A Wildly-Oversimplified Summary Of What The TED Conference Is Like
Most conferences get well-known people to speak and sell tickets to lower-status people like you and me.
At TED, the opposite is true. Many of the speakers are undiscovered or super-niche and many of the attendees are famous people.
You’ll be walking around, eating beef jerky, wondering who you’ll chat with next and, boom, one of the Google founders is hanging out, eating the same beef jerky, and basically is not doing shit. He has $60 Billion, but you can just go chat with him like you’re old buddies and you own the island next to his.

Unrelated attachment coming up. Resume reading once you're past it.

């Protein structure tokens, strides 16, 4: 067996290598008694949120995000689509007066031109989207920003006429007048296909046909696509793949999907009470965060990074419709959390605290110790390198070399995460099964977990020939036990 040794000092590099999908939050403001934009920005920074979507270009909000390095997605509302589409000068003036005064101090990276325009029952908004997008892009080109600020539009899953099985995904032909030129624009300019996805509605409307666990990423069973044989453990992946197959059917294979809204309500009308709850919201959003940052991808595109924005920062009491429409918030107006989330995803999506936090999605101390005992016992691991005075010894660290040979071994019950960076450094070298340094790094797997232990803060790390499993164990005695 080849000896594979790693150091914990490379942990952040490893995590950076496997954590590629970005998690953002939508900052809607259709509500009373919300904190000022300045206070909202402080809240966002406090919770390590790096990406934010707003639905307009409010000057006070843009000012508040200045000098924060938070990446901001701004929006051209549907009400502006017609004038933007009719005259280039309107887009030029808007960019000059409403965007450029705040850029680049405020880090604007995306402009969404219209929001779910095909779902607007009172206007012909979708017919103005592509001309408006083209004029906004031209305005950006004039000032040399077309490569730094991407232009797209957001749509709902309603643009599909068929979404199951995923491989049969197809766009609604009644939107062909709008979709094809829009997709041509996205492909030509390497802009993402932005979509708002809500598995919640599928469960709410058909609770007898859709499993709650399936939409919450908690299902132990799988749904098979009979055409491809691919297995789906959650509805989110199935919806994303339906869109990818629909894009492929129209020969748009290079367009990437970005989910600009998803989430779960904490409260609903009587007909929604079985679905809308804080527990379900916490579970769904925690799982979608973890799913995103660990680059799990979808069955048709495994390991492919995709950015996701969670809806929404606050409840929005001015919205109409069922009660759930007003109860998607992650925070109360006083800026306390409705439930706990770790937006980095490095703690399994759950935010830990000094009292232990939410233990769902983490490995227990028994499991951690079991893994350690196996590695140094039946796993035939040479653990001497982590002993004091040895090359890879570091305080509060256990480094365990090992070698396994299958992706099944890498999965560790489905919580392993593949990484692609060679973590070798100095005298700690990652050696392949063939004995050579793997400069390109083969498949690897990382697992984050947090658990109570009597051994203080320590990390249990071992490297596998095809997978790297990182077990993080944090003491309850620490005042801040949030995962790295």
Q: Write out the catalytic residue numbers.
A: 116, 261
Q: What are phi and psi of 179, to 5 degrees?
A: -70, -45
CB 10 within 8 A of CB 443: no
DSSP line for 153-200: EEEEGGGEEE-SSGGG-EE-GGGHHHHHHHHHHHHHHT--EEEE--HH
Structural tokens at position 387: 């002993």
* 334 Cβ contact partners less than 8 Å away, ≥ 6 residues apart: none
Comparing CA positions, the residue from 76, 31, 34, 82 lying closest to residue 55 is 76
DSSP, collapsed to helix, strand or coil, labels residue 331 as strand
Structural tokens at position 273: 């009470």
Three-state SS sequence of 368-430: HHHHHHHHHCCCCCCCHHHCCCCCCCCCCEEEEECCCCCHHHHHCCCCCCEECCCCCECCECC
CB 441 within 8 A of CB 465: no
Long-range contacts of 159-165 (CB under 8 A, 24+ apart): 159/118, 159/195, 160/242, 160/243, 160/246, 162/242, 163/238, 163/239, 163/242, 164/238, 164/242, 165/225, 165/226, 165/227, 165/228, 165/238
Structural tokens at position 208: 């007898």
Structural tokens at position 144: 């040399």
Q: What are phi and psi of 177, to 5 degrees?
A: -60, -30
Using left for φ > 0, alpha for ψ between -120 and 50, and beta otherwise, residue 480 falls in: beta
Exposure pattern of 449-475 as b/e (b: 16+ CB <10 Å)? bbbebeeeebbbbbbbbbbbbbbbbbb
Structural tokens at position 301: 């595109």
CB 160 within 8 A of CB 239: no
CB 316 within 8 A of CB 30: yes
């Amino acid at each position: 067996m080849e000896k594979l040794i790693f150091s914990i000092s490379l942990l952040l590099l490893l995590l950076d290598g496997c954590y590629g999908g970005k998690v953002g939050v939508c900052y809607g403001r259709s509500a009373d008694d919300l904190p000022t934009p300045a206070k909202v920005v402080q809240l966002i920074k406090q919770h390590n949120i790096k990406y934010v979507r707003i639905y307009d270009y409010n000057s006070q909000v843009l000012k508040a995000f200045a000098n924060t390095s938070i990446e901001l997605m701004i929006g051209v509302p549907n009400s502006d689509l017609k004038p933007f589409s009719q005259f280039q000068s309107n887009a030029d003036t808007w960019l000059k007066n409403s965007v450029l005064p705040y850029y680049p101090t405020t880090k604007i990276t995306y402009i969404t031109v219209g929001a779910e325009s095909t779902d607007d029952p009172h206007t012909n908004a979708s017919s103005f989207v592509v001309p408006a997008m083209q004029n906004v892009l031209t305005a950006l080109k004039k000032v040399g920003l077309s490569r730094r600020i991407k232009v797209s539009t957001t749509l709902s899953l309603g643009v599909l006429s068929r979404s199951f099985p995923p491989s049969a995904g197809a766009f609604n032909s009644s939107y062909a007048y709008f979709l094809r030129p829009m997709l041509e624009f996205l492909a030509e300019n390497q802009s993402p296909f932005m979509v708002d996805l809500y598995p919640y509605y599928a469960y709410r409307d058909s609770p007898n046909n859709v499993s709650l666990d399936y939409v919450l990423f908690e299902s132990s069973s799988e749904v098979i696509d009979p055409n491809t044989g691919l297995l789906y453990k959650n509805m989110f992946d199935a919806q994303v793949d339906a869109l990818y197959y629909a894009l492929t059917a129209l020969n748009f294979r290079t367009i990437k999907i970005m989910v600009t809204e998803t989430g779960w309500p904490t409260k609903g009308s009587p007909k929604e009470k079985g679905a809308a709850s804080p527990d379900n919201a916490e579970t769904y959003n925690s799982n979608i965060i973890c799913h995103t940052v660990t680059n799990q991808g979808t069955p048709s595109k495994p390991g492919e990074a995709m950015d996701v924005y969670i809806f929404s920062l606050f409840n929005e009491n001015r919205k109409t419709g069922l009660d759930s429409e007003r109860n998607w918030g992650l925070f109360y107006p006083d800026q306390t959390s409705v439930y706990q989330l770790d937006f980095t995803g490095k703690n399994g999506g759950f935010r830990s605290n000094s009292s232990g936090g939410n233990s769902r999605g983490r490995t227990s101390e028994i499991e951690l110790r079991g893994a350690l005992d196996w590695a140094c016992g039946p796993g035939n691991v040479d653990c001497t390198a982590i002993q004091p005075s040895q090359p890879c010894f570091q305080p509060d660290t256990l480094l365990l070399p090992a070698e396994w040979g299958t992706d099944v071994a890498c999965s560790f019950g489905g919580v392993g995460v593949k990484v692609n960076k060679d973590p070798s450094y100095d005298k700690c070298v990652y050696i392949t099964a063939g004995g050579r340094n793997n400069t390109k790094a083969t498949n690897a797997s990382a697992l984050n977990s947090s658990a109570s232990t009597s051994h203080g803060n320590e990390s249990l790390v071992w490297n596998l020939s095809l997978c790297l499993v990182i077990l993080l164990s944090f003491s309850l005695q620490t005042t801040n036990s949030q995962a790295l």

I snapped this semi-creepy photo of Google co-founder Sergey Brin (center) and philosopher and writer Jaron Lanier (right)
There were a bunch of TED talks each day, with breaks and activities in between sessions.
The thing about the breaks, though, is that they weren’t really breaks...
When a speaker session would let out, I’d attempt to go grab a Nutella donut (yes, that’s a thing) and sit down to process the previous two hours of mind-stretching speeches. But, I’d get sucked into a great conversation with somebody else in the donut line. Very often, that person had invented a thing that I use every day and they would start telling me about what the future is going to look like in 10 years.
It was wild. There are TED talks in the snack lines at TED. It blew my little mind.